World Cup Fever

Football is becoming popular in the U.S. No, not the classic American football where players charge at each other, but football as the rest of the world knows it– soccer. The very same sport that was once regarded by Americans as boring and dull has now became the top-streamed game in the nation, even more than the NBA Finals, the Super Bowl, and the Olympics. Simply put, quoting Don Garber, head of Major League Soccer, “The country has changed. This is a new America.”

Team USA Soccer

Yes, it is indeed much different from the America only a few months back. In a Washington News-ABC poll conducted last June, only 28% identified themselves as soccer fans. This dismal trend, though, has stretched further back, where for most of the 20th century, America was adamant about not accepting soccer into its culture. The fact that an entire 90-minute match could go on without a single goal seemed unfathomable to many Americans. America did not just refuse soccer; America ridiculed it, calling it a slow game lacking drama.

With the 2014 World Cup in Brazil, all of this is changing dramatically. Thanks in part to Team USA’s unexpected captivating victory in advancing into the second round, the soccer tournament has garnered up to at least 18.2 million views from the US, the most views ever in American soccer history. As more and more Americans open up to soccer, they are beginning to realize that soccer is anything but lacking drama.

In fact, unlike any other American sport, it is full of passion. In a basketball game, when someone makes a shot, people cheer for a while, then forget about it to focus on what’s happening next, because the game is happening so fast. With soccer, the fact few goals are made per match makes every goal memorable and exciting. Every time a goal is scored, the players are shouting, hugging, and running around crazily, even if their team is still behind. The players and the audience remember how every goal was shot or blocked or saved, whereas nobody remembers a simple layup made by a little-known basketball player.

Emotions also tend to run higher in soccer than in any other sporting event, for as soccer fan and novelist Terry Pratchett once said, “The thing about football – the important thing about football – is that it is not just about football.” Indeed, soccer is not just a sport to many people in the world; it is an essential part of culture. This truth is to such an extent that for many countries, a loss in an international soccer match is like shaming the whole nation to submission. For instance, current Team USA coach Juergen Klinsmann was once a coach for an Italian soccer team, and whenever the team lost, he couldn’t go out to a store or restaurant without being attacked by fans for weeks. Another example would be when four years ago in the last World Cup, Team Brazil was eliminated via penalty kicks, and numerous Brazilians blamed goalkeeper Julio Cesar. The only reason why Julio Cesar cried tearfully, after Brazil narrowly beat Chile via penalty kicks in this year’s World Cup, was that even after those four years, Brazil was still holding a grudge against Cesar. Nothing like this has been seen in America- even with American football, Americans forget after the game happens. Many other countries, though, still remember the soccer losses, even after four years.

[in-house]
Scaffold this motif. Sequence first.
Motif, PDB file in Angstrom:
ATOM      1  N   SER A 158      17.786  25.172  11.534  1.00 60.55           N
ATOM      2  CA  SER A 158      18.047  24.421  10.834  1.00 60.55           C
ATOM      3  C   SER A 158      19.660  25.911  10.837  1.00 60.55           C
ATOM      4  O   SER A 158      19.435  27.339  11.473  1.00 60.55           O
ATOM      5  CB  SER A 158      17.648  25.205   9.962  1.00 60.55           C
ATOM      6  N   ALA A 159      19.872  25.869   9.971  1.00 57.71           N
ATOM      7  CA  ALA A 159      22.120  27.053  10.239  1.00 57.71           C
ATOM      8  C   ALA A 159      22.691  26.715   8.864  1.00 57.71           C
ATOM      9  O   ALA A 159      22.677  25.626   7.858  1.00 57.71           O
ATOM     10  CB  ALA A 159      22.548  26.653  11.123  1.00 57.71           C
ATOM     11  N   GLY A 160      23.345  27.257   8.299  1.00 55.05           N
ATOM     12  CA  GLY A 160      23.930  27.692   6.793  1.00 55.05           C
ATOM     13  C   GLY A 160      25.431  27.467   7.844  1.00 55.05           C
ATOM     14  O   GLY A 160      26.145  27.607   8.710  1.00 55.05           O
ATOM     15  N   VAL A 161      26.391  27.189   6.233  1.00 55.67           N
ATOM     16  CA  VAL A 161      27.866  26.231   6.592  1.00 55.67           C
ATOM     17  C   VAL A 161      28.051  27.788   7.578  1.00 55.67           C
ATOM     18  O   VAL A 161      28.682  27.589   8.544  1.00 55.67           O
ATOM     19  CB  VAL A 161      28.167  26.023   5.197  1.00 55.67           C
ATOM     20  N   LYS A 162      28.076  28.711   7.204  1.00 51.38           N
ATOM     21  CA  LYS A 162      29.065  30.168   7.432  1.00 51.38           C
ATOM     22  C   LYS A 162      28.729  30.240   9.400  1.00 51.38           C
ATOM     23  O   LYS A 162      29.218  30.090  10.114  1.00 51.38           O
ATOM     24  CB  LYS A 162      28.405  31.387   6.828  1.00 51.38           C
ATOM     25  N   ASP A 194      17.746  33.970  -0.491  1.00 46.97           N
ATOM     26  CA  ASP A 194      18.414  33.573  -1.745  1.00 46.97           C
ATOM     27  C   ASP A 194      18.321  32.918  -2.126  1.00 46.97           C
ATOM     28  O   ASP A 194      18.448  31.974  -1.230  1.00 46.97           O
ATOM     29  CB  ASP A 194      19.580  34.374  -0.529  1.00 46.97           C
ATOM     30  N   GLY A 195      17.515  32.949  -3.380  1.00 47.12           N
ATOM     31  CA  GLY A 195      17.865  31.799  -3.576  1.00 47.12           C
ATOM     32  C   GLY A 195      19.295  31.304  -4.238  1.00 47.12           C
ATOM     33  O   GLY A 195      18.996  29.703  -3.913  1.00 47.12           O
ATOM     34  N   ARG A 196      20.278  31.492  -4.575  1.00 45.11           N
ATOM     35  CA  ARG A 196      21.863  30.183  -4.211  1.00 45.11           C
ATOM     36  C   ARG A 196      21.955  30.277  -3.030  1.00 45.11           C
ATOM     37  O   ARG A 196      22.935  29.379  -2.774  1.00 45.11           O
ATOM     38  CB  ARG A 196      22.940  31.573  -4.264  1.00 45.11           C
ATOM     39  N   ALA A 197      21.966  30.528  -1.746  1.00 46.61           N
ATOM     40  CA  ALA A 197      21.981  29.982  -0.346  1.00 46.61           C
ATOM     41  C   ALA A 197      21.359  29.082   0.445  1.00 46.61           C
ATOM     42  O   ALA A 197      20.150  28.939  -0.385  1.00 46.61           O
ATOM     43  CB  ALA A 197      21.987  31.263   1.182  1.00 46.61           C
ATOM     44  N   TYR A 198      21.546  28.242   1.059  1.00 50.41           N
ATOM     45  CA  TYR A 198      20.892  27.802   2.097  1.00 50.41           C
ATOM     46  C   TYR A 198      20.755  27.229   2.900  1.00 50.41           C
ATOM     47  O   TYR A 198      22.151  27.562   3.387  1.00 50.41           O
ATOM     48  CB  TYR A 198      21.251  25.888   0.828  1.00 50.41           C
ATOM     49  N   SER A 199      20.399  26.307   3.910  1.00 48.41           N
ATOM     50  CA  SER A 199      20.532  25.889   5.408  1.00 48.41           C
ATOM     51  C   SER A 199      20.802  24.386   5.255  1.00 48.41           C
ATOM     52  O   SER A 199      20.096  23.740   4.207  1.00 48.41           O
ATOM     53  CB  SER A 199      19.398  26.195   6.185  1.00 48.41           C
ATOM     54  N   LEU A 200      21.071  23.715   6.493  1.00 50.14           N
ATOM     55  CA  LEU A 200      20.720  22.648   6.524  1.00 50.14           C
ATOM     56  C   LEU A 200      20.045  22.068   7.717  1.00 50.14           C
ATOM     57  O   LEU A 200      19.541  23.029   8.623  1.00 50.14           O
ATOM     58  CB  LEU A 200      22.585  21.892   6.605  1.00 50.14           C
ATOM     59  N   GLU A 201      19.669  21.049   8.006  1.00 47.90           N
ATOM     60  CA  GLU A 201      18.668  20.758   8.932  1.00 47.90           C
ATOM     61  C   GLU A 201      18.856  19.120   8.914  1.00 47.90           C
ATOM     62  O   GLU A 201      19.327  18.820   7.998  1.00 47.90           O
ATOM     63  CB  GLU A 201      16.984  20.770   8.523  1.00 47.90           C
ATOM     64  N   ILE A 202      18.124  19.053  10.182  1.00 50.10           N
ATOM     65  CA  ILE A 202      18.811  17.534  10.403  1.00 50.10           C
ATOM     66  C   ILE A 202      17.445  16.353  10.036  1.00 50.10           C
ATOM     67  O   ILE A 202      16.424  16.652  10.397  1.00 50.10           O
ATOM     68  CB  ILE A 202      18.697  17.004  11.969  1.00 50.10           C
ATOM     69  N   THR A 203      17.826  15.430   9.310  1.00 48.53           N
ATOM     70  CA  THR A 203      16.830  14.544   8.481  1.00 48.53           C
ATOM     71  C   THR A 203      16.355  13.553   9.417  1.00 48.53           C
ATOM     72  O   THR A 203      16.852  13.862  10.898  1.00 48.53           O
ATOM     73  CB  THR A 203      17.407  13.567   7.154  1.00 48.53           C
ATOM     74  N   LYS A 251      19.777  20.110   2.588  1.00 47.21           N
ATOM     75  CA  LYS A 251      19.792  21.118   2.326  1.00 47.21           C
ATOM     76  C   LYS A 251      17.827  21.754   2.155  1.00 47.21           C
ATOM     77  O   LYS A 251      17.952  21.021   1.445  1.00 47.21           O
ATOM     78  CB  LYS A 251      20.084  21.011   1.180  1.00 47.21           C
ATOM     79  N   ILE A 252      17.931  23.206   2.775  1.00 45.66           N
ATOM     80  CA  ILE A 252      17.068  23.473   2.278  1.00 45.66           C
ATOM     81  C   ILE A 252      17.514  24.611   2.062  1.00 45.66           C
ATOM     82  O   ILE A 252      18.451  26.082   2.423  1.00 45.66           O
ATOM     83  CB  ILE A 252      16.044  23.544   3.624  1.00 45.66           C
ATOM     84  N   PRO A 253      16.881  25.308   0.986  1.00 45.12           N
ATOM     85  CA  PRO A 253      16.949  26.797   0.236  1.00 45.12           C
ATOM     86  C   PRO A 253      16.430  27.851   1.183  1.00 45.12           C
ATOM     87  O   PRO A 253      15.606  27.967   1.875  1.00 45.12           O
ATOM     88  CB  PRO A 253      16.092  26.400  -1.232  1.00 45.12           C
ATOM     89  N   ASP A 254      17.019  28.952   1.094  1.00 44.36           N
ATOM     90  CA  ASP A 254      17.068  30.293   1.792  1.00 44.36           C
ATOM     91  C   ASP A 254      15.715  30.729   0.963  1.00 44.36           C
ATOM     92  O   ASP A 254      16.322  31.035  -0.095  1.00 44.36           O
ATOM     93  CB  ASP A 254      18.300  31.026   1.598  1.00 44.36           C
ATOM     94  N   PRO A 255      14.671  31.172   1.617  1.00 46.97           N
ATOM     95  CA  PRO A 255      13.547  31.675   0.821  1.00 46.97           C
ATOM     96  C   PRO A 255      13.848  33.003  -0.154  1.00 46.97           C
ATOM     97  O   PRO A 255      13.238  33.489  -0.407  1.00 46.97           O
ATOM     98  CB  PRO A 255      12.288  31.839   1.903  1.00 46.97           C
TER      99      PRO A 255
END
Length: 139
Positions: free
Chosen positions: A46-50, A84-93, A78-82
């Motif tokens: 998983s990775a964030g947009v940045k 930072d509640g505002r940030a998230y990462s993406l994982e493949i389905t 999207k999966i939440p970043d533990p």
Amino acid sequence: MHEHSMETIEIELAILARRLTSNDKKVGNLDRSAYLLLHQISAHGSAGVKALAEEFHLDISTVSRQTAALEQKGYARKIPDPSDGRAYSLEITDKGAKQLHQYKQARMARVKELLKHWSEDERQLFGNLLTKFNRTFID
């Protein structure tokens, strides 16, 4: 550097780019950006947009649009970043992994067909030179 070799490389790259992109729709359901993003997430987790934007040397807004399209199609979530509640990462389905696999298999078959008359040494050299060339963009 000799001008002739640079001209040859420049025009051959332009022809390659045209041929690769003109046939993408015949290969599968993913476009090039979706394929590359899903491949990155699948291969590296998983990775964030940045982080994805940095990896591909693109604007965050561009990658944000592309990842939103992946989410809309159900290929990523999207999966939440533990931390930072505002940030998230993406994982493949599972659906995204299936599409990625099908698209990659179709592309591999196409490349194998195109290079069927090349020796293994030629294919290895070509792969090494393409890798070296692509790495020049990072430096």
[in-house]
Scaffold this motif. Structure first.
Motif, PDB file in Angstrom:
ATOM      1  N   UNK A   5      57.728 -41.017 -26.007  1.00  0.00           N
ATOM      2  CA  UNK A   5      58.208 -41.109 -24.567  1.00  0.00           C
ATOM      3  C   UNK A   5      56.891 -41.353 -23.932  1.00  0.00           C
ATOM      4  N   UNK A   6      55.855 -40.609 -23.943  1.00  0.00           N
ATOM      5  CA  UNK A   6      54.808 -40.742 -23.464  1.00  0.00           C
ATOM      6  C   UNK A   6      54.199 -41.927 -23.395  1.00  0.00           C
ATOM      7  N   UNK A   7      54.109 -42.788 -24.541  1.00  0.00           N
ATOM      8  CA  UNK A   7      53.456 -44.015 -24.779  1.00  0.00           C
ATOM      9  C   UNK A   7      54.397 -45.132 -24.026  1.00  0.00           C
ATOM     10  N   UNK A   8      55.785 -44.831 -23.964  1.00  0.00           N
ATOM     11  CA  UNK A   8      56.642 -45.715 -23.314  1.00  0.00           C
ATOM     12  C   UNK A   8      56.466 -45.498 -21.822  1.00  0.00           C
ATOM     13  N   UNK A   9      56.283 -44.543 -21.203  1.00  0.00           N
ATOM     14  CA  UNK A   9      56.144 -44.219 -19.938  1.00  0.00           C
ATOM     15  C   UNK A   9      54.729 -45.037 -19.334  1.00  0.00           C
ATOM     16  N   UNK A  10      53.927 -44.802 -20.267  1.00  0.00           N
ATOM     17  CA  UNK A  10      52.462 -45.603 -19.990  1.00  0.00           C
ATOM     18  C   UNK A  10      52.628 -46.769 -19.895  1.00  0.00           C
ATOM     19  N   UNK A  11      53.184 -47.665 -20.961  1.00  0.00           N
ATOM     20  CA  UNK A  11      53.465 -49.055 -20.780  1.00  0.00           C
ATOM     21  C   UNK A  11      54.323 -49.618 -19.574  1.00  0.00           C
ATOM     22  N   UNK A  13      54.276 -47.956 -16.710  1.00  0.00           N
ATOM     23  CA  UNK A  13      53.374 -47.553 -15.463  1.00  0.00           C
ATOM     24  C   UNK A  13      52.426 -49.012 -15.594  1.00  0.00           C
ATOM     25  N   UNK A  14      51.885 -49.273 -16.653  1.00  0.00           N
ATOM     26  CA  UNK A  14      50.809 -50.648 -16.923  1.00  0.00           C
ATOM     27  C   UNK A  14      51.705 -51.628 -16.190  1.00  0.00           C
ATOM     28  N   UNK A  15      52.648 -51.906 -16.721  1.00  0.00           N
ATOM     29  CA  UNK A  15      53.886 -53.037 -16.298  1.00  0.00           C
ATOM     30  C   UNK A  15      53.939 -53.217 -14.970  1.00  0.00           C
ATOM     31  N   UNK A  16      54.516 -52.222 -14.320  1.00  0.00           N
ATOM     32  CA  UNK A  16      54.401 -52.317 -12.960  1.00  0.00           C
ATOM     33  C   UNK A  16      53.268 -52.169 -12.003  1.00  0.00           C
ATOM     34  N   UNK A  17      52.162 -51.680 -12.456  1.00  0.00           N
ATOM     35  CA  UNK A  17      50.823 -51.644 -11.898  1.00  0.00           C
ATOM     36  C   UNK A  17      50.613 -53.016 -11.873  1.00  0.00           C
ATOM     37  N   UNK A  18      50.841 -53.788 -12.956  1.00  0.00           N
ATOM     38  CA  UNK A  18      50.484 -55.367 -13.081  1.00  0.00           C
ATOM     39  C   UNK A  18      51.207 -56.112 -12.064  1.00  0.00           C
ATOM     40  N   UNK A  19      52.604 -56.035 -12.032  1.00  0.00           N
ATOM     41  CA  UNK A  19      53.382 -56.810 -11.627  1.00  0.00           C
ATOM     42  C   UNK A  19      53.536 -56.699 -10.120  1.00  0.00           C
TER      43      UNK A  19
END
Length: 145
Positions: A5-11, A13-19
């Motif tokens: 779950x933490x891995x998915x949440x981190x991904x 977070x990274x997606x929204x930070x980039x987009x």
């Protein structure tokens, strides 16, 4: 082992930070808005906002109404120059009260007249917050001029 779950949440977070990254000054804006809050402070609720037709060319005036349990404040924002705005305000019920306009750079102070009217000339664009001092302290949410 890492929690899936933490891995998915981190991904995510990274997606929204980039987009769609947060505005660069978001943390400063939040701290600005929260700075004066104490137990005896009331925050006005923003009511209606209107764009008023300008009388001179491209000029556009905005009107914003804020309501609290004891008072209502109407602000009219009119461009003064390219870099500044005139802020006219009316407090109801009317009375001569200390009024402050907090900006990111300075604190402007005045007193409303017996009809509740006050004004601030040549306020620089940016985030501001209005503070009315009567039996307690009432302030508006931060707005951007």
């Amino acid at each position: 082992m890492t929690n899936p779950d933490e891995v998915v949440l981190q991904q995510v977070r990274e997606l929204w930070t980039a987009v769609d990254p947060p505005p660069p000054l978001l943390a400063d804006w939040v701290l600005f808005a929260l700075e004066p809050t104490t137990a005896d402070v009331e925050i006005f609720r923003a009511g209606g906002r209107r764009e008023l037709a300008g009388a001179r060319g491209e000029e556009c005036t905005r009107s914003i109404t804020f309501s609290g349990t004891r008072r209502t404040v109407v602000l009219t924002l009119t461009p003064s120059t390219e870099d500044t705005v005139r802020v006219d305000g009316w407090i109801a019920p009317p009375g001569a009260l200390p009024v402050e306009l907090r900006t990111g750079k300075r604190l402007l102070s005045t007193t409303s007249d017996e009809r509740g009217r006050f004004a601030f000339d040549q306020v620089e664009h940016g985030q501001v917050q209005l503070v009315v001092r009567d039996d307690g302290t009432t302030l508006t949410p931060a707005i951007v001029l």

Then there is the point of international competition. While basketball, hockey, and American football are mostly confined to North America, only soccer has the regular meetings between fiercely competitive national teams. It is this that fuels the passion of soccer not just in the game but outside the game as well– with the audiences. There have been reports of two opposing audiences competing with each other throughout the entire match as to which side could chant the loudest. Fans have been seen with crazy make-up, haircuts of the pictures of players, grandiose clothing and the most bizarre things just to show soccer support. Streets in many countries including the US have been crowded to an unimaginable extent just to cheer on the home soccer team. The degree of passion here is unparalleled to that of any other sport. To the many American soccer-skeptics, go try and watch a game of soccer, and you will enjoy the passion and realize that if anything, soccer is perhaps the most dramatic sport.

Many experts agree that soccer has indeed become a very popular game in the US. The question now is, is it here to stay? Already, among ages 12-24, soccer is the nation’s second most popular sport after baseball, according to a poll conducted by ESPN. If this trend continues, as it has been since the introduction of soccer to America, no doubt will soccer not just stay in America, but perhaps even thrive.


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